Most wineries and vineyards – large and small – also have their own memberships. If you are lucky enough to live near one (whose output you like, of course), joining may have extra perks, such as extra-special sale prices for members or first dibs on new releases. “A lot of clubs have other benefits besides the regular discounted wine shipments, including things like free wine tastings and discount event tickets. Our club specifically has an added social element where members can meet, hang out, and enjoy free food and wine,” says Heather Davis from Mount Palomar Winery, Temecula, California.  “These may not be a good reason to join an out-of-state club, but they can be a great reason to join a local wine club.”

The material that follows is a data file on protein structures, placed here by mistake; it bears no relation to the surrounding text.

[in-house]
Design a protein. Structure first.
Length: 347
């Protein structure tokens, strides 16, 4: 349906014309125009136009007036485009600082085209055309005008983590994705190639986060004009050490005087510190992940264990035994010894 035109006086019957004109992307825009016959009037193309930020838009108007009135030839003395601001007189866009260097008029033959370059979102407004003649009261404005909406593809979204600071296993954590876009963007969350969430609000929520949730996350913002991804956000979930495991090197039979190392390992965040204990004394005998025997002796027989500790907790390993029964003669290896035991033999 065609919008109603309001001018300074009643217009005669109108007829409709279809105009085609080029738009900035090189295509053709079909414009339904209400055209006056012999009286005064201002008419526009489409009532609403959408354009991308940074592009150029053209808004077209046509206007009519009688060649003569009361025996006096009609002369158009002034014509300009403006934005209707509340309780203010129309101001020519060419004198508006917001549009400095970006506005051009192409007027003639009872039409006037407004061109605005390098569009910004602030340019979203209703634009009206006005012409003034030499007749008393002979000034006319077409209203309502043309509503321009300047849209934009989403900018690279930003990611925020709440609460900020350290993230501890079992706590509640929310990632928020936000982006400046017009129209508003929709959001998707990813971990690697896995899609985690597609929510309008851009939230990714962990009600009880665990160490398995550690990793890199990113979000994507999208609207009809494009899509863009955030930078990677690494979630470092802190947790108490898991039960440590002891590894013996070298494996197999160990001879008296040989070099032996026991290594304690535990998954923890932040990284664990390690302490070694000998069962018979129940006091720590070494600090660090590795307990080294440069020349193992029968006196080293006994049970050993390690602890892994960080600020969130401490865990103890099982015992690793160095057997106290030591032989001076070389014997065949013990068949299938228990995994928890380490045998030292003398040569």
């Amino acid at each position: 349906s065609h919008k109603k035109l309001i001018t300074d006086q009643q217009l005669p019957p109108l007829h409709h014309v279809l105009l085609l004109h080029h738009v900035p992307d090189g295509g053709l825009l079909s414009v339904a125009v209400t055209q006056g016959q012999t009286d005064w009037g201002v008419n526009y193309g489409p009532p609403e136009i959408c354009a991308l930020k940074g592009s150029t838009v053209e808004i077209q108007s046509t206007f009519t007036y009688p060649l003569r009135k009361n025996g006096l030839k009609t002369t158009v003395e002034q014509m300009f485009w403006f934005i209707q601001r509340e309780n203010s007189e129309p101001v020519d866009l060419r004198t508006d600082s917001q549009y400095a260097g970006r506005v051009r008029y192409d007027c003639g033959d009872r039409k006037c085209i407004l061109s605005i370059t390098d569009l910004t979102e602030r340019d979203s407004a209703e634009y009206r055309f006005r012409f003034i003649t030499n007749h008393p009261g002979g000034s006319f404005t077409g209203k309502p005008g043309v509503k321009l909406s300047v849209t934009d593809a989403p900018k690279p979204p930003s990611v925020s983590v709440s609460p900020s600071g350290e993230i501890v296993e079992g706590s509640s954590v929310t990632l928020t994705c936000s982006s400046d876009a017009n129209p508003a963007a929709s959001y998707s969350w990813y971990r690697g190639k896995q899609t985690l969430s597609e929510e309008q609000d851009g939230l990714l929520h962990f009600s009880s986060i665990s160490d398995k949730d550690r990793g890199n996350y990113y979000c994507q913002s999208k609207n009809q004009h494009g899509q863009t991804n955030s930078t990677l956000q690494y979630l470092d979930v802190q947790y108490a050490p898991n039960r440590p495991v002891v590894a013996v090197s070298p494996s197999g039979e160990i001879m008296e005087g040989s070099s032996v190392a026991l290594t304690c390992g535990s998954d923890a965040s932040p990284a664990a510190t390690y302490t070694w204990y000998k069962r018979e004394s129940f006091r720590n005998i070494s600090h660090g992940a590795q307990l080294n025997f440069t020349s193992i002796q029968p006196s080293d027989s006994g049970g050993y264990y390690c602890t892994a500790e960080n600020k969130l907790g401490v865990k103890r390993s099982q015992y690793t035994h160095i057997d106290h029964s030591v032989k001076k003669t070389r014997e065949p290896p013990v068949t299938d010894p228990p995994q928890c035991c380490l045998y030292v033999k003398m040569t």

As an alternative to bigger clubs, Schneider suggests joining a few small vineyards’ clubs, then ordering a few shipments throughout the year. Plan to distribute some of the bottles to friends around the holidays. “This is the gift I give to others because I feel like I’m sharing a little gem that I’ve discovered – it’s very personal,” she says. “I also love the idea of supporting small wineries that don’t have mass distribution.” 

Purchase Wisely

Wine clubs aren’t always the bargains they profess to be. “The clubs make money by marking up the product, sometimes significantly – or by getting you into a membership that you forget to cancel. Make sure the prices are at least comparable to what’s out there on the open market,” Schneider says. By-the-case discounts are routine at many brick-and-mortar wine and liquor stores, as are specials on different brands or varietals. “Also be a bit wary of clubs that offer brands you can only get through them – often that’s wine that the original producer didn’t want because it wasn’t high enough quality for their name brand,” Schneider adds.